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FORUMS Photography Talk by Genre General Photography Talk 
Thread started 25 Jul 2011 (Monday) 10:42
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Aerial Photography Tips?

 
Bioshock
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Jul 25, 2011 10:42 |  #1

Hi Guys,

This weekend I have scheduled a helicopter flight to get some shots of the Chicago skyline. Does anyone have any tips on how I can most effectively use my flight time?

Has anyone done this before and have any advice they wish they had known before they went up?

When is the best time to go up? Right now I'm scheduled for a evening flight to get some shots of the setting sun but would it be better to go for sunrise? I'm just assuming during the day the light will be too harsh. I'm also worried about the haze I might encounter because of it being a hot summer day.

Thanks much for any help.


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n0w0rries
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Jul 25, 2011 15:05 |  #2

If you plan on shooting video, don't rest or brace your camera on any part of the helicopter. The vibrations will give you a jello look. Hold it and your body will absorb most of the vibration.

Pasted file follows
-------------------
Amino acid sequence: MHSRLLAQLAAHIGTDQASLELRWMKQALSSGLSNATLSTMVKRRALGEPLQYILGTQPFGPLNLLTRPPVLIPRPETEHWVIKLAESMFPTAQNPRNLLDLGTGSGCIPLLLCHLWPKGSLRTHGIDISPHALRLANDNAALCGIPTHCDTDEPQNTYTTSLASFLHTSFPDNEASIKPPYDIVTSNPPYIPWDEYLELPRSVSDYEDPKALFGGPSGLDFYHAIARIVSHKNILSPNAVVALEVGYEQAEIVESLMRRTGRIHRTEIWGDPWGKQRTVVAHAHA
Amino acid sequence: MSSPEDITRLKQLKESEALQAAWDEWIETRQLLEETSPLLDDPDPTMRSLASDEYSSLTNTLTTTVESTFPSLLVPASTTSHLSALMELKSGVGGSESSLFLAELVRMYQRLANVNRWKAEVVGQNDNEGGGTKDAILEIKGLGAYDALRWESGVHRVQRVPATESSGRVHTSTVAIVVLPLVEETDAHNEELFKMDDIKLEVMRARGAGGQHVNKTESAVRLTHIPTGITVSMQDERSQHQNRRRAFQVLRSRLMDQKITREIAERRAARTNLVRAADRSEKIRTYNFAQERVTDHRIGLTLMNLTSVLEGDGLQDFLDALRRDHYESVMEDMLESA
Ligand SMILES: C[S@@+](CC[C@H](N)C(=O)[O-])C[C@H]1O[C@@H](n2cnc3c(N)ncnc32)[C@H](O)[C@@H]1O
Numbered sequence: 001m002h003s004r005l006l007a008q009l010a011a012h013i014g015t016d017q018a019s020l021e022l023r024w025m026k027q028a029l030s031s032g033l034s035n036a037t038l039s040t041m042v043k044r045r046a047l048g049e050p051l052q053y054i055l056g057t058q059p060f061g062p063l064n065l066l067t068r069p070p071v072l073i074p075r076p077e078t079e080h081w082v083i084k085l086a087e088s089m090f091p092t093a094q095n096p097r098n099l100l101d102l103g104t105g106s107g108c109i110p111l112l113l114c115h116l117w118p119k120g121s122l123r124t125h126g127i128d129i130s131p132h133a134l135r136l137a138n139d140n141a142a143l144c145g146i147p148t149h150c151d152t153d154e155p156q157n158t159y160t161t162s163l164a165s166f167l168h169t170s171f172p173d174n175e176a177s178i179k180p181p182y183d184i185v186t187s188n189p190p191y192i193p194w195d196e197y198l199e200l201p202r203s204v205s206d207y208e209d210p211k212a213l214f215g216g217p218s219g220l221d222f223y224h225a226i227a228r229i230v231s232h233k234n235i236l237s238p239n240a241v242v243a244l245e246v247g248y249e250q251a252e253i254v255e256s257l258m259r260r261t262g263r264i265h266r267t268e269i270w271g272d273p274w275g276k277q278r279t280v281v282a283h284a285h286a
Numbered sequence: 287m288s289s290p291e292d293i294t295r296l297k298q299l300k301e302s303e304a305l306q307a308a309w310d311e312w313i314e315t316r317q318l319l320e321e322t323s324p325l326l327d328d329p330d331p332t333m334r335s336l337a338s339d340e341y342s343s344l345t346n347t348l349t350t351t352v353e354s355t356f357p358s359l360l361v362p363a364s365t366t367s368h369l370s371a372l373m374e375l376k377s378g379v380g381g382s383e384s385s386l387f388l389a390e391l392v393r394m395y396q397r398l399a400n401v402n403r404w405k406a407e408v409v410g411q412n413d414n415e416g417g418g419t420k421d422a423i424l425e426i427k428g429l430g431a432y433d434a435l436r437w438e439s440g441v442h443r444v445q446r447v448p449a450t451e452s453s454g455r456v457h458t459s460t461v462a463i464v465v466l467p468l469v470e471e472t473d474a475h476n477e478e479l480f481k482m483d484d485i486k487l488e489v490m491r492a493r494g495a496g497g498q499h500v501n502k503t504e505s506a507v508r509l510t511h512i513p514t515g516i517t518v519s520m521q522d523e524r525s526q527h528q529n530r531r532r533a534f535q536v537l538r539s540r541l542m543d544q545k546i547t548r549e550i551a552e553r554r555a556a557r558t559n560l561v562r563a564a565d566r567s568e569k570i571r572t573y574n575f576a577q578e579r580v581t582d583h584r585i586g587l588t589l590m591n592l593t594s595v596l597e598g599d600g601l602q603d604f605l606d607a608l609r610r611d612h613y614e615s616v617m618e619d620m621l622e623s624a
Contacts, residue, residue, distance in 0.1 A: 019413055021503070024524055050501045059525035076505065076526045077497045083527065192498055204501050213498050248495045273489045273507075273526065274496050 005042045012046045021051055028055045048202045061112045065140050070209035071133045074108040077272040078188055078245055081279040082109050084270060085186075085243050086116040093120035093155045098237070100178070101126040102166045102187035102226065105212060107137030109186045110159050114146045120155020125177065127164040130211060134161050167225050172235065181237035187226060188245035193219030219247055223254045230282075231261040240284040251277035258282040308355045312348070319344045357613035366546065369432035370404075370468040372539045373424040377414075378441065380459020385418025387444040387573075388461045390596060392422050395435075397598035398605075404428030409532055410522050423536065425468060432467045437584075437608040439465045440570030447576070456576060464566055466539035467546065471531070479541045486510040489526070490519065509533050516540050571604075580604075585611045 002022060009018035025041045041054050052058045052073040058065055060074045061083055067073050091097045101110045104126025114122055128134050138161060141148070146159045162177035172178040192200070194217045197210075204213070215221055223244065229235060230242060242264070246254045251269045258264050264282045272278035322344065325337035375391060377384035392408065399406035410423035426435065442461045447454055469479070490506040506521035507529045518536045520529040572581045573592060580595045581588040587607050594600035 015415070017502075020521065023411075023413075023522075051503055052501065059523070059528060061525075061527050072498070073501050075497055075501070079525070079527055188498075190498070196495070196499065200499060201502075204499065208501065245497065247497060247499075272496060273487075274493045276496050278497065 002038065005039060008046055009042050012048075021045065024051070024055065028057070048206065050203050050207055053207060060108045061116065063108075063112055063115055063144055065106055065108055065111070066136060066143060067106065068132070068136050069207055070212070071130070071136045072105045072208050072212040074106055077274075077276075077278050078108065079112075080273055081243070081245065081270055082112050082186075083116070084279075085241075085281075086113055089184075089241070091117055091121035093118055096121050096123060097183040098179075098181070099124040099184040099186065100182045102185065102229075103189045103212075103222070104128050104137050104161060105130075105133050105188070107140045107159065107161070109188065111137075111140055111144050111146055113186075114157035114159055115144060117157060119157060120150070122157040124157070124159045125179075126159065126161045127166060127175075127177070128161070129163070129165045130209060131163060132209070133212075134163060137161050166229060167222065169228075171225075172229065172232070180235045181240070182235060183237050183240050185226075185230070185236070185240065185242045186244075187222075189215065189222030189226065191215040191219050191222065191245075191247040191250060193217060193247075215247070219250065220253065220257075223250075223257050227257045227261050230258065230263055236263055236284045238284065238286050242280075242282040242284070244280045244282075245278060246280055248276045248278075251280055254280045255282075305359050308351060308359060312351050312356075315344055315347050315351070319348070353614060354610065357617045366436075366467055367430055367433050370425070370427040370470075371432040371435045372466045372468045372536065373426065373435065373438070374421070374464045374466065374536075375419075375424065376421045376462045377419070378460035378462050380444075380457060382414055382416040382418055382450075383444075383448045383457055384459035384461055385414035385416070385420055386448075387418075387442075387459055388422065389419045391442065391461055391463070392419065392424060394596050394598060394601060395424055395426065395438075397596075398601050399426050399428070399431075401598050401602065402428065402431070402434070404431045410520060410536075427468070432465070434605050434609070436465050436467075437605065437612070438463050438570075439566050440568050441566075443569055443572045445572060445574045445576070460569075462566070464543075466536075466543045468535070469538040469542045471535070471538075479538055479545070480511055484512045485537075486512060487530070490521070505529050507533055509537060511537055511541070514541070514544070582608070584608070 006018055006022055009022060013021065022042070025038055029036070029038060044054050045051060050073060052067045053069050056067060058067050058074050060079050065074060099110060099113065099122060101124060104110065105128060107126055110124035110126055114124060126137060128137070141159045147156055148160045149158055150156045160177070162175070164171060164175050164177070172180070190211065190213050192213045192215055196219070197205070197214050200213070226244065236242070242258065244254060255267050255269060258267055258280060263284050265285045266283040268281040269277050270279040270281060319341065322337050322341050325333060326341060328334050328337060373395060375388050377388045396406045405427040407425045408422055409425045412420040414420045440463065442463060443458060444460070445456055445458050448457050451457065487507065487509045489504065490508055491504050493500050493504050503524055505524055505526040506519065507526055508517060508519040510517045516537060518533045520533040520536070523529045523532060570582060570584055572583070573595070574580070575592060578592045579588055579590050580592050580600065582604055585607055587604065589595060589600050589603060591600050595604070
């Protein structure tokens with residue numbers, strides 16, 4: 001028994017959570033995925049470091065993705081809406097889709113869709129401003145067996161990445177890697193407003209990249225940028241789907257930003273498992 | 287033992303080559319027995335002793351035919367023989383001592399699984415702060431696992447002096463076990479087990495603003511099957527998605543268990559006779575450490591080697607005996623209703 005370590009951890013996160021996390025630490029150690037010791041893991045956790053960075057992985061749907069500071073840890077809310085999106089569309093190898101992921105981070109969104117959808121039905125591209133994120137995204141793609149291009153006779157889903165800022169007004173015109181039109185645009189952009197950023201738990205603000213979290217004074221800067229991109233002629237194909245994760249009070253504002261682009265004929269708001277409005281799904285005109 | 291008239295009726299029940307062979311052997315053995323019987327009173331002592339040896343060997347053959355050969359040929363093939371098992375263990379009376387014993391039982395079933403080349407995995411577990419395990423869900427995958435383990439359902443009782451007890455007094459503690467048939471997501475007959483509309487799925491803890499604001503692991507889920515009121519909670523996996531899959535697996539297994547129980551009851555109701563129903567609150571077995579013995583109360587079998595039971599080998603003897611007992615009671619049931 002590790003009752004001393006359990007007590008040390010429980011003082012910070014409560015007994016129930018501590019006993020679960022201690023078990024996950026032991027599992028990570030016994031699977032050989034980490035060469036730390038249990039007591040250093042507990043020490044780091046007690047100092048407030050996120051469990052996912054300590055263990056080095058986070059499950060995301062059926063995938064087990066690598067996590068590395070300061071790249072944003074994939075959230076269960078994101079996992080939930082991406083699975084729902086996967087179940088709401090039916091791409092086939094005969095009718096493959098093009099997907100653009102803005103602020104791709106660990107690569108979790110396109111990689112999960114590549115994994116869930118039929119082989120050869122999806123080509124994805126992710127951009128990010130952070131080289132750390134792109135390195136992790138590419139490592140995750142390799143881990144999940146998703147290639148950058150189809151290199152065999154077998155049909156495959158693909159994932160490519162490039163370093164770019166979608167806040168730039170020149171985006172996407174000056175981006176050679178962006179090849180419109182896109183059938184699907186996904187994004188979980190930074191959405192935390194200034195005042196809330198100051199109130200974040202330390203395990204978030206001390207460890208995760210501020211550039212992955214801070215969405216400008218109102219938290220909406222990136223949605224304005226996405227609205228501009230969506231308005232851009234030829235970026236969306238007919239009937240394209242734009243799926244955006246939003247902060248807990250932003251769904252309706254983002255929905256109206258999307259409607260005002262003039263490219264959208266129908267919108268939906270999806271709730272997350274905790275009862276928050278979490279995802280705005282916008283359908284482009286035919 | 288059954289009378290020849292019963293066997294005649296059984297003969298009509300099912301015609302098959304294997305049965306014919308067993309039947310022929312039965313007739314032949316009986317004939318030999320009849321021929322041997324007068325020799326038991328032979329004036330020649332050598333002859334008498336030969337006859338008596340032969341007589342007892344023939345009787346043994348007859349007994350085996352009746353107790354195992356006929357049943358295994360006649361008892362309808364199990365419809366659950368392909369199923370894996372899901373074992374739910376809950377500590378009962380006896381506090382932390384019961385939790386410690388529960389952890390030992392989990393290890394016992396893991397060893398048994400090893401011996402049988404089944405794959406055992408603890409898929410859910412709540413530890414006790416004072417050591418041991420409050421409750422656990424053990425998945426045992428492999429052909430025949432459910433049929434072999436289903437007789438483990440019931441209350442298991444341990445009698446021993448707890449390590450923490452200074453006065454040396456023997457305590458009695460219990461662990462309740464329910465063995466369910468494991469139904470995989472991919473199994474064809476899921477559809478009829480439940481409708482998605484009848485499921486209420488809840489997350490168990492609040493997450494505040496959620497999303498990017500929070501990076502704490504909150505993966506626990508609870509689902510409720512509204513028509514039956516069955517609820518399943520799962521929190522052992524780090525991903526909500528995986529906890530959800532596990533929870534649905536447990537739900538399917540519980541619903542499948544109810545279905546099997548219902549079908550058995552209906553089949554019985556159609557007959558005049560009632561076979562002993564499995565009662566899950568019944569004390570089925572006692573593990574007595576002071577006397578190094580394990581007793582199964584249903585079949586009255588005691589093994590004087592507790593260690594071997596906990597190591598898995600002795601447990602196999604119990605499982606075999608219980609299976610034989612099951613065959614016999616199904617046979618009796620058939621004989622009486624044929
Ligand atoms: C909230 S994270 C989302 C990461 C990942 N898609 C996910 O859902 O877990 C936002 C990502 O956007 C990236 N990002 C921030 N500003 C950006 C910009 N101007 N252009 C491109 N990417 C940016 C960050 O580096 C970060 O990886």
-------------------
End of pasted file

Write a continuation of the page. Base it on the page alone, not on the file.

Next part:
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Leftcoast_Mike
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Jul 25, 2011 15:16 |  #3

n0w0rries wrote in post #12820131 (external link)
If you plan on shooting video, don't rest or brace your camera on any part of the helicopter. The vibrations will give you a jello look. Hold it and your body will absorb most of the vibration.

I shot a quick video on Saturday from the back seat of a Harvard II and you can EASILY tell where my elbow touched the bodywork of the plane haha


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quiksquirrel
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Jul 25, 2011 17:22 |  #4

Best tip must be to not fall out :P

I'm not sure if it works the same on a helicopter, but a few years ago I had to shoot from the back of a military lorry (the uncovered flatbed kind) going over rough terrain. I found that a improvised steadicam with a remote shutter release taped to it, worked great. For the improvised steadicam, I simply used a monopod at minimum length, with a weight on the the bottom (sock filled with sand).




  
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ssim